It is always fun to profile an architect who not only created large, beautifully detailed structures, but could also turn his hand to designing elegant residences on a vastly smaller scale. For many architects who worked in Detroit during the first 30 years of the twentieth century many of them were capable of adapting to this variation in scale – including Albert Kahn, Louis Kamper and George D. Mason to name but a few.
This week we profile the work of Charles Nobel – born 1890, died in 1955. This versatile architect was very productive in the city of Detroit during the 1920’s, creating several iconic buildings.
Possibly his most famous creation was the Lee Plaza Hotel on West Grand Boulevard. Having received the commission from by Ralph T. Lee – referred to by the Detroit Free Press in 1940 as “Detroit’s most spectacular real estate operator during the 1920s” – he made more than $1 million in 10 years’ (around $15m today): Source historicdetroit.org
Nobel began working on the Lee Plaza Hotel in 1927. It was a stunning Art Deco inspired 17-story masterpiece. Its steeply sloped roof of red Spanish tile made a dramatic impact on the Detroit skyline. It featured an abundance of beautiful decorative elements inside and out, including Italian marble in the lobby, ornamental ceilings and elaborate plasterwork.
At the time it was one of Detroit’s most elaborate apartment hotels. When the Lee Plaza Hotel opened it contained 220 luxury class apartments ranging from one to four rooms. It cost $2.5 million to build – around $35 million today: Source historicdetroit.org.
In 1931 Charles Nobel created another Iconic Art Deco building – the Kean Apartments. 16 stories high with four apartments per floor, it was one of the last of the large residential apartments built on Jefferson for many years. Nobel’s attention to detail on the buildings exterior was superb, and the intricate details second to none, as displayed by the photo below.
In 1936 Nobel designed the Art Moderne inspired Elwood Bar (originally located on Woodward Avenue). Unlike his large Art Deco style apartment buildings this was small, yet perfectly formed. It is covered with cream and blue enameled steel. The building was listed on the National Register of Historic Places in 1985.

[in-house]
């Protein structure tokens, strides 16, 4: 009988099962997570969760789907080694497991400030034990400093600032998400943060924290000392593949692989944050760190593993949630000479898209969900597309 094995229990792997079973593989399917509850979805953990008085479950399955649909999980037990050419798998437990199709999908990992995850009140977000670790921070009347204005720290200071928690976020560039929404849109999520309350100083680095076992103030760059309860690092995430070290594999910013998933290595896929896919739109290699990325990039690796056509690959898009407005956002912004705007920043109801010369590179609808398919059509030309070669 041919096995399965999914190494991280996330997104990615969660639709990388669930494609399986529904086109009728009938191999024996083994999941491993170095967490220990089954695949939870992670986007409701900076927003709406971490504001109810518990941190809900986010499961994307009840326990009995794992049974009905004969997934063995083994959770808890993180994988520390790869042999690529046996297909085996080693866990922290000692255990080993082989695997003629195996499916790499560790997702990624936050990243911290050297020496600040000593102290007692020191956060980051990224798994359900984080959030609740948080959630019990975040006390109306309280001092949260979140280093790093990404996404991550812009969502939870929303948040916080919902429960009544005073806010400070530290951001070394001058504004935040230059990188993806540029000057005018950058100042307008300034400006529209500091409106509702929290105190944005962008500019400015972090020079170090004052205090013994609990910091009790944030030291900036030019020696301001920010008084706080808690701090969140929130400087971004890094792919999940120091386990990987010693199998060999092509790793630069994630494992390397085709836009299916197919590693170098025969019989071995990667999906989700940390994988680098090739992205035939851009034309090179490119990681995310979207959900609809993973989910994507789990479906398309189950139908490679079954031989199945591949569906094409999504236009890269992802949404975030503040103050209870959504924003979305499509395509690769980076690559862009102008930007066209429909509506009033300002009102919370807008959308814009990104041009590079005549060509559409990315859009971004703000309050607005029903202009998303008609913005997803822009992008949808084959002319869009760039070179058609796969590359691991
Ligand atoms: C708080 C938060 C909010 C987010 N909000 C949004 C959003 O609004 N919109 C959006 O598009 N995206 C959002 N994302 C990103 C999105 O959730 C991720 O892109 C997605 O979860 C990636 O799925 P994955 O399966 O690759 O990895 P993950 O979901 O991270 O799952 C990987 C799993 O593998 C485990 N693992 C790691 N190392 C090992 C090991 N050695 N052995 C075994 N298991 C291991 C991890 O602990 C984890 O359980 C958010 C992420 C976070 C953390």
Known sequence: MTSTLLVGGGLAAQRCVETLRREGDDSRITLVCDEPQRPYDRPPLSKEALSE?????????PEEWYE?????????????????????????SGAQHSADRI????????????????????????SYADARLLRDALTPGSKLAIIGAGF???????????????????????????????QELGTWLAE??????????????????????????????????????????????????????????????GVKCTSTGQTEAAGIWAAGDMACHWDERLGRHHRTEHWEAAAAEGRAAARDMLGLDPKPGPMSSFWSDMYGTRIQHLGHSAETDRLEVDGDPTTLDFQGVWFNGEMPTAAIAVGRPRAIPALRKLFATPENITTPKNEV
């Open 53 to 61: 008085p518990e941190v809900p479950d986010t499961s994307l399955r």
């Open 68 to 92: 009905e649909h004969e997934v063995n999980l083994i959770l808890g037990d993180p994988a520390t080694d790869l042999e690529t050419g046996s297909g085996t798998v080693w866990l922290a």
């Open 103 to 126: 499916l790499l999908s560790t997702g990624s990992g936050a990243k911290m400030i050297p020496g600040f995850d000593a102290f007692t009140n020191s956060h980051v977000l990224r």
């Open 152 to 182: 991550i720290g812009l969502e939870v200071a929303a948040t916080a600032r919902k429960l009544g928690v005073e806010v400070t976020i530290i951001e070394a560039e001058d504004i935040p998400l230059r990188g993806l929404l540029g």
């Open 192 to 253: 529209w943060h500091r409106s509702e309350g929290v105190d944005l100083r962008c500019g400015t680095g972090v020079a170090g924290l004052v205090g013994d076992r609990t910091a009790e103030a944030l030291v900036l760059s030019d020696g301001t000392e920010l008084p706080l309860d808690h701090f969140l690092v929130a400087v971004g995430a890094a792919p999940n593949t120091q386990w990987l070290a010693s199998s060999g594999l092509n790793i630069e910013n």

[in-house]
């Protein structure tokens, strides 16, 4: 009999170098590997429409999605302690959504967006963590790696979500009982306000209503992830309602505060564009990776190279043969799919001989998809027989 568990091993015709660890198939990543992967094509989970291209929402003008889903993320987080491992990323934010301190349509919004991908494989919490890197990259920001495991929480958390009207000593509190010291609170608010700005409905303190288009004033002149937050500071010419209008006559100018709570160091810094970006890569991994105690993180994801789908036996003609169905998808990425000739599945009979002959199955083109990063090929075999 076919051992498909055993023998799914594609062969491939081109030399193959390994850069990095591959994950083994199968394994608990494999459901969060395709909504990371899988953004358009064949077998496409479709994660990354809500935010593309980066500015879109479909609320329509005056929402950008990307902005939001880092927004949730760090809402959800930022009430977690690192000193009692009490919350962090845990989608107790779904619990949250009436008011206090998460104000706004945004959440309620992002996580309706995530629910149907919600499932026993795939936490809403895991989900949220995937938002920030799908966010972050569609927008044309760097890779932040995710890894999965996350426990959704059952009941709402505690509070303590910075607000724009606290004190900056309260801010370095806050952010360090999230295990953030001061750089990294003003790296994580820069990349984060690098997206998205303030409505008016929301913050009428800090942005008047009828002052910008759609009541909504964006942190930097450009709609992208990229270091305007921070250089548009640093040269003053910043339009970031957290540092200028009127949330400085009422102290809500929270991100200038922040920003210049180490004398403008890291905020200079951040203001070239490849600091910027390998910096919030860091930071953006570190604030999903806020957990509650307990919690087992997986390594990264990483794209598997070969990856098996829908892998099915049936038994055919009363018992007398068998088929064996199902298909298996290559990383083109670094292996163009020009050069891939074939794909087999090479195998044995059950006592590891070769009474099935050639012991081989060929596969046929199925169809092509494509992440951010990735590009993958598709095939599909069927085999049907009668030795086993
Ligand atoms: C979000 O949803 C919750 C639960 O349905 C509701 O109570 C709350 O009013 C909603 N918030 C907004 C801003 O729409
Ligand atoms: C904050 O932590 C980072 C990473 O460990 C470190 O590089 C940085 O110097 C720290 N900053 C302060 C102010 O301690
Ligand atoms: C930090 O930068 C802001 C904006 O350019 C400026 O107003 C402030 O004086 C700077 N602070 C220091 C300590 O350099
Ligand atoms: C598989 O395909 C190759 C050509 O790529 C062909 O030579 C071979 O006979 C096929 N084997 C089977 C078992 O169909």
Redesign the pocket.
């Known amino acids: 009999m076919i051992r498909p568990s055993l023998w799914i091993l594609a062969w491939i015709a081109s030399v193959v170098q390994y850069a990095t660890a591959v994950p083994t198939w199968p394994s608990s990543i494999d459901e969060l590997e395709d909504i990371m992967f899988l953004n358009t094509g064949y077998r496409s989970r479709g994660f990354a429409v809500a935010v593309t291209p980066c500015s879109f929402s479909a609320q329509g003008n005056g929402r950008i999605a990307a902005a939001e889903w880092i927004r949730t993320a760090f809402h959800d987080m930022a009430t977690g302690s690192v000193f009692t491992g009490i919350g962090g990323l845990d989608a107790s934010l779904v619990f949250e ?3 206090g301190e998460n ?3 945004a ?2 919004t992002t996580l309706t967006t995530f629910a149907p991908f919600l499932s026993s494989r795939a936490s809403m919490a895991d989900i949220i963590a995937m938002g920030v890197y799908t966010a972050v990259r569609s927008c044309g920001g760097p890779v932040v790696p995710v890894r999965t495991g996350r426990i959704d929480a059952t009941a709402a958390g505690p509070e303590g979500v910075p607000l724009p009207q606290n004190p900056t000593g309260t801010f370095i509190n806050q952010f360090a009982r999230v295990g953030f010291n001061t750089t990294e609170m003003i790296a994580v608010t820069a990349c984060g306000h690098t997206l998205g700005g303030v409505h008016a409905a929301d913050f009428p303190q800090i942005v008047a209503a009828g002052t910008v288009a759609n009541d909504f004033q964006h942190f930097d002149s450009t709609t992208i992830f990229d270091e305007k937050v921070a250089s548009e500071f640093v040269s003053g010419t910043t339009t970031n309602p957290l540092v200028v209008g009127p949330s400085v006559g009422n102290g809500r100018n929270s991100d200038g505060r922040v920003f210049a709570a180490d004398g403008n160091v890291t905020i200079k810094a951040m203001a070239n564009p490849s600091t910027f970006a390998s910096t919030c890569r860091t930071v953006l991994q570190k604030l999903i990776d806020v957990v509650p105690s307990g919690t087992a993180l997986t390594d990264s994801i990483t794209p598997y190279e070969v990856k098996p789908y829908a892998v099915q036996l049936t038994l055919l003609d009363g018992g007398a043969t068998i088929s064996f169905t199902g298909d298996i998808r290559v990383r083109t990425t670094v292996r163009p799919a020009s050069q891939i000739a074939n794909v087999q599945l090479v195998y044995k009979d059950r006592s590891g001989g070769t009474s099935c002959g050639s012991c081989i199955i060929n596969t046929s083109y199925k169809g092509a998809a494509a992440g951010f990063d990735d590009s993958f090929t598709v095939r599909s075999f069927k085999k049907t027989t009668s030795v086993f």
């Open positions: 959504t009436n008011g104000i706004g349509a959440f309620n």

Several other Nobel projects include:
- Tudor Inspired Miller-Storm Company Office – 1927
- University of Michigan – University Terrace Apartments – 1940’s (demolished 1996)
- Vintage townhouse style condominiums for returning GI’s – Ann Arbor – 1945
Here in Grosse Pointe Farms he created at least four homes that we know of. In 1928, while he was completing his design for the Lee Plaza Hotel, he created 226 Moran and 207 Ridge Road.
226 Moran is a 3,487 sq ft Georgian Colonial home that features a symmetrical front façade, with a central entrance and sublime brickwork. The proportions are exquisite and it is an excellent example of this architectural style.
Also in 1928, and just up the road, Noble created 207 Ridge Road. This 2,766 sq ft early American style home features a steeply pitched roof and a half brick, half-timber façade.
In 1936, having recently finished the design for the Elwood Bar, Nobel designed 91 Grosse Pointe Blvd. This distinctive 2,592 sq ft brick home designed in an English architectural style, features an asymmetrical façade, and at the time of completion had a cedar roof. In 1936 this house also had a view of the lake.
In 1939 Nobel designed 287 Hillcrest. This home is a significant departure from his brick residences and marked a new direction for his architectural style. This 1,558 sq ft home is finished in wood and we can only assume close to the color we see today. This is a charming house and is a perfect example of Noble’s diverse repertoire.
Charles Nobel was clearly a very talented individual. His designs, whether large or small, are handsome, distinctive and always perfectly formed.
If you know of any other Nobel homes that exist in Grosse Pointe we would love to hear from you.
We would like to take this opportunity to wish you Happy Holidays and a very happy and healthy 2017! Historical Architecture of Grosse Pointe will return on Tuesday, January 3rd with lots more historic stories.
*Photos courtesy of the Higbie Maxon Agney archives unless stated.
Written by Katie Doelle
Copyright © 2016 Katie Doelle